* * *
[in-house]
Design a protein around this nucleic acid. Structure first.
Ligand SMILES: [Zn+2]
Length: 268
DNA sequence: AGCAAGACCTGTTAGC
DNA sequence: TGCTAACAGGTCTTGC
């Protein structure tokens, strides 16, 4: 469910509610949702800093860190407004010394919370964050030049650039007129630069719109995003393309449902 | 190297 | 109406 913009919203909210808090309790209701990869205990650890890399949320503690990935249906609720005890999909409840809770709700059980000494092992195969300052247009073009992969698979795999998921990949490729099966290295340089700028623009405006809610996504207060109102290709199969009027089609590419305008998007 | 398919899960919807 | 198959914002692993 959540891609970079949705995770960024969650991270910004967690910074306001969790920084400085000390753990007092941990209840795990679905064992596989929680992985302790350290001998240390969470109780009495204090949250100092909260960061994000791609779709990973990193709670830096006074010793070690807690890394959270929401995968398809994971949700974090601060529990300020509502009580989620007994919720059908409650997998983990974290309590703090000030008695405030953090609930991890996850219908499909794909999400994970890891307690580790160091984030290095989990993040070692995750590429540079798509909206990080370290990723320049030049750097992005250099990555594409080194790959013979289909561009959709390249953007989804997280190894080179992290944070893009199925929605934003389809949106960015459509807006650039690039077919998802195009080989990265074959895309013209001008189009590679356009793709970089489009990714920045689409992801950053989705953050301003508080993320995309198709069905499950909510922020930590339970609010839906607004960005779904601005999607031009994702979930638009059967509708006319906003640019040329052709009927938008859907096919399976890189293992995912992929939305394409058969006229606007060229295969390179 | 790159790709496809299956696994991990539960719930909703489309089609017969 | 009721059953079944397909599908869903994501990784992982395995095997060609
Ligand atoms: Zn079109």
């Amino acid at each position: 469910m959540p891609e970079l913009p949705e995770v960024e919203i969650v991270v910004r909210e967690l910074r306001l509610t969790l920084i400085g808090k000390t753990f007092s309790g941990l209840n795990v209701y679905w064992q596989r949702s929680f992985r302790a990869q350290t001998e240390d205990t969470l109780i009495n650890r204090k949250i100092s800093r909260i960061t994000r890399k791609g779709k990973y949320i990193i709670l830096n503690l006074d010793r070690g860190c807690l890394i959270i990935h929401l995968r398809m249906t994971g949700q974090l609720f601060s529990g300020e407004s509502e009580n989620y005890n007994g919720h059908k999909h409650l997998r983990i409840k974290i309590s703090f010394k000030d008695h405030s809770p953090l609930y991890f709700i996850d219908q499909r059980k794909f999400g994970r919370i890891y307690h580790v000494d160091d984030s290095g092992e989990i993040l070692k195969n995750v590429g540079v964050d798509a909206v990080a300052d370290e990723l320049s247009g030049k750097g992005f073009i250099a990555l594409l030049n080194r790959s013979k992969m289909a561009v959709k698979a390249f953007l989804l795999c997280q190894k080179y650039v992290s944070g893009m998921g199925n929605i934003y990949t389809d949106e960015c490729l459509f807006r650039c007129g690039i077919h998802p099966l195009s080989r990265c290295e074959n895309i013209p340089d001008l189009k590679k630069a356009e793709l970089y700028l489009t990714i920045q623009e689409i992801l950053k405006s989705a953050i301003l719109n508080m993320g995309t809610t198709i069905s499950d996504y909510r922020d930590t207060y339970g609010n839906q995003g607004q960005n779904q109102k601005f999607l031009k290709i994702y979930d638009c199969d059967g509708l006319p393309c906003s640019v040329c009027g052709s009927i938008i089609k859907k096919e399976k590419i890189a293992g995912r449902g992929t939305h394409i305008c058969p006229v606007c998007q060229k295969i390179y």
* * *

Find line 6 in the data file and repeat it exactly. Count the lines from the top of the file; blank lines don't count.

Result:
DNA sequence: TGCTAACAGGTCTTGC